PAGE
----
O’Scanlon says the health care deal agreed to is not Reform In Name Only, that they will produce real savings over time. That might be true. But it seems like another kick the can down the road.
If Christie exercises his executive power to reduce the cost of government now by imposing union contracts that recover the savings given up the the health care deal we would know that we got real reform. Not delayed reform. That would be turning Trenton upside down.
When the New Jersey Supreme Court recently ruled that the state must increase funding to 31 school districts in the amount of $500 million, it was both a gross display of judicial activism and worse, it perpetuated a bad public policy.
The Governor and Legislature, not the courts, should be deciding spending priorities, and while it is tempting to oppose this ruling on that fact alone, it is not the ruling’s most fatal flaw. That is why you see the Governor avoiding a confrontation with the legitimacy of the court’s action. Turning this into a battle over “separation of powers” will divert too much attention from the main event, which is how to change the state’s arcane and ineffective school funding formula to maximize the benefit to our students. Abbott districts were created by a court ruling in 1985 to mitigate the inequity in school funding between urban districts with higher poverty and suburban districts with more wealth. Subsequent court rulings and governmental actions have followed, all in an effort to equalize funding discrepancies. Since wealthier districts were able to benefit from significant stronger property tax revenue base, the Abbotts needed the state to compensate for their lack of funding with more education aid. In the mid-90s, attempts to equalize the districts included things like capping how much wealthier districts can spend on education and changing the spending ratio based on student population. Eventually, equalization in spending was achieved by the latter part of the decade. However, the inertia behind increasing funding to the Abbotts and limiting spending by wealthier districts became uncontrollable.
A tectonic shift occurred in the completely opposite direction. The more urban districts began spending more than the suburban districts at a growing and alarming rate.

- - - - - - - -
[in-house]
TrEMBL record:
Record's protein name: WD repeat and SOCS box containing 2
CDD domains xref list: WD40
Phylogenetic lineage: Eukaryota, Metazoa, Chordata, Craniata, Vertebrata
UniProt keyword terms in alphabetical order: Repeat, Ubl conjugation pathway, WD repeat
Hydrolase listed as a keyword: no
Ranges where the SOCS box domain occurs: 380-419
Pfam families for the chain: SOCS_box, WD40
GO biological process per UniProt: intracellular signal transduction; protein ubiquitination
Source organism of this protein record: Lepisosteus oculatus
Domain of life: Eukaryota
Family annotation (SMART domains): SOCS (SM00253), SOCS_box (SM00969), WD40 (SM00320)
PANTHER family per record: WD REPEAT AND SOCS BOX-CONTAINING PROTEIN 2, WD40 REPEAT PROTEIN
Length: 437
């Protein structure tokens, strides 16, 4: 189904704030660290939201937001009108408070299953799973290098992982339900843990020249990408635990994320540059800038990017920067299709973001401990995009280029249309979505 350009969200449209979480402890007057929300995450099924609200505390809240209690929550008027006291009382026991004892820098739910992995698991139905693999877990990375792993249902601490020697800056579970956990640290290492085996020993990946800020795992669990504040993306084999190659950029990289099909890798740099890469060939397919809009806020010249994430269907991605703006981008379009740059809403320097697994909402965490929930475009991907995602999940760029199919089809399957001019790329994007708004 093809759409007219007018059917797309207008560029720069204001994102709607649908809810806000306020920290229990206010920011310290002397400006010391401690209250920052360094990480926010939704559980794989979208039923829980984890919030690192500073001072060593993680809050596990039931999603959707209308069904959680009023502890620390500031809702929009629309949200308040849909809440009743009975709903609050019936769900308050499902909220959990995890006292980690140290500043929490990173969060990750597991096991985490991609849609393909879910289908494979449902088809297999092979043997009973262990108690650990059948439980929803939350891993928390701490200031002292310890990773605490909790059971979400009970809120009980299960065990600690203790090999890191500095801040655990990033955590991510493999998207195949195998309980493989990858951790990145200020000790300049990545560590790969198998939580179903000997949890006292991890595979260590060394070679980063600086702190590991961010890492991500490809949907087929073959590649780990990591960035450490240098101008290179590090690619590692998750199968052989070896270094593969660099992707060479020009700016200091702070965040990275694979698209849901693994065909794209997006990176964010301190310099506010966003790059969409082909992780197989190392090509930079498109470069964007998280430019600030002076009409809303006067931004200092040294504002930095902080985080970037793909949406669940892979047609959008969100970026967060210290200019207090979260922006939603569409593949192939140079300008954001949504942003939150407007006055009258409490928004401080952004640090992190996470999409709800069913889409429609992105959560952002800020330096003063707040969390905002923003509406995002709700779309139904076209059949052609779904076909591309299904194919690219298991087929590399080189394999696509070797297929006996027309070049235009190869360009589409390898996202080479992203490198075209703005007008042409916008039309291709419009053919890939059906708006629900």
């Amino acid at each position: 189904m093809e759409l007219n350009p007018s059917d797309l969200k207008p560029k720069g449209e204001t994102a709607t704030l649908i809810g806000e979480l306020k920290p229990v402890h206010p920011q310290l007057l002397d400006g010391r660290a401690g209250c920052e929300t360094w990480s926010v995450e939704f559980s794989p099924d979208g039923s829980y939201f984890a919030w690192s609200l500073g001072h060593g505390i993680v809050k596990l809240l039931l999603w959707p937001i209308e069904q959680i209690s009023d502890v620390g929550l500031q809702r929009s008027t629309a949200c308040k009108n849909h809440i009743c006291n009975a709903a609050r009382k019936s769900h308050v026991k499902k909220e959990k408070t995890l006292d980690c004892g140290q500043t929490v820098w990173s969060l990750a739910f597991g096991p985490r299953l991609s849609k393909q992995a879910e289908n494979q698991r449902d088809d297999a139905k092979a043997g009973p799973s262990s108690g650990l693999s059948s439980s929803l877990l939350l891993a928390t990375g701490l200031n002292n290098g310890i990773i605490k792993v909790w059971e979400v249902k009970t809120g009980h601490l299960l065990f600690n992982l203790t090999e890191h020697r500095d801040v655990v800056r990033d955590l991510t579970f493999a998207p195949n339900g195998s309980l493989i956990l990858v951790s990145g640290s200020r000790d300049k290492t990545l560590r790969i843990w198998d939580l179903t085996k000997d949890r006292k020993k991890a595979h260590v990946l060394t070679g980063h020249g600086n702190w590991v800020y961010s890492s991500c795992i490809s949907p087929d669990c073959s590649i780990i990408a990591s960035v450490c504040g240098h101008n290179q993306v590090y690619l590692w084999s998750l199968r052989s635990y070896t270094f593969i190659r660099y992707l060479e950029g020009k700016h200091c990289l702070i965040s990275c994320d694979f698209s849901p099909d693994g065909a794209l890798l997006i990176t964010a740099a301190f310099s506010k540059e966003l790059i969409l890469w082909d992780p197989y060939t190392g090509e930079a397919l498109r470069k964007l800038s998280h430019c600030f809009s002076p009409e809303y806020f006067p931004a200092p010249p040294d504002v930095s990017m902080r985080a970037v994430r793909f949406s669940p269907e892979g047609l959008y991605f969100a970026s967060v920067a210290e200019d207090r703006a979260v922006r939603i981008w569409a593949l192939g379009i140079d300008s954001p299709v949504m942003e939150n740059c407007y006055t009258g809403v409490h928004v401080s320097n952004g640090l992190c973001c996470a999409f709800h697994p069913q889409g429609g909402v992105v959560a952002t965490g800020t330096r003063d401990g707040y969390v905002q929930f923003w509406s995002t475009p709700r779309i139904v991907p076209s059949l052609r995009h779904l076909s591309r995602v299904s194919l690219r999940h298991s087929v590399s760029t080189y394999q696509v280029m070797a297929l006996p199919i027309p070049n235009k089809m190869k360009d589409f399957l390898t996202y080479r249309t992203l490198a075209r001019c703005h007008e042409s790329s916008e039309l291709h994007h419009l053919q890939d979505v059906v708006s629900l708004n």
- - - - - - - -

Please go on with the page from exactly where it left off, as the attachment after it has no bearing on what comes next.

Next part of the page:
For example, the average per child expenditure on education in New Jersey is roughly $12,000. Looking at Monmouth County, a wealthier school like Rumson spends roughly the average of $13,188. In Asbury Park, an Abbott district, it is $24,428.
We don’t ever think of public policy as having an expiration date, but it seems as if our funding formula is far past its optimal effectiveness. Included in that should be the notion that money solves the problem when it comes to education. This is evidenced by the continually poor performance of the Abbott school districts, despite sharp increases in education spending and a virtual monopoly of state education aid. That is why the most recent ruling by the New Jersey Supreme Court is so flawed. It props up a system that not only fails the state’s taxpayers, but more importantly our public school students. Real education reform has to be student-centered and get greater accountability for the millions of dollars invested in our schools.
Unfortunately, it seems the New Jersey Supreme Court has come down on the side of those who believe foolishly that we can just throw more money to ‘at risk’ districts to get results. In short, this court action is best defined by Albert Einstein’s description of insanity: “doing the same thing over and over and expecting different results.”
Last week, the treasurer’s office informs us that higher income tax revenue of slightly more than $500 million for the next 14 month will fill the state’s coffers.Yesterday, the Supreme Court ordered the state to spend $500 million more on schools in the Abbott districts.Call me cynical, but what a coincidence!
Did the Christie administration provide the Supreme Court with an “olive branch” by making this announcment about the tax windfall so it did not have to restore the $1.7 billion in school aid cuts the Education Law Center wanted?The ELC, in its lawsuit, asserted that amount was necessary for providing a “constitutionally” funded education for “at risk” students who attend Abbott District schools.
Yesterday’s Supreme Court decision cuts the proverbial baby in half.Abbott District schools get more state aid next year.Governor Christie and the Legislature do not have to come up with $1.7 billion more in school aid in next year’s budget as the ELC wanted, and the Supreme Court looks “reasonable” by not ordering a huge increase in funding that would require a substantial tax increase and/or reductions in other spending.
In short, the status quo remains—more money for the Abbott Districts where student achievement is frighteningly poor in many schools. The answer to the annual school funding battles is to separate schools and taxpayer funding. In the meantime, state school aid should be distributed on an equal basis as Senator Michael Doherty recently proposed. Equality under the law demands that the state not discriminate against any child. Period.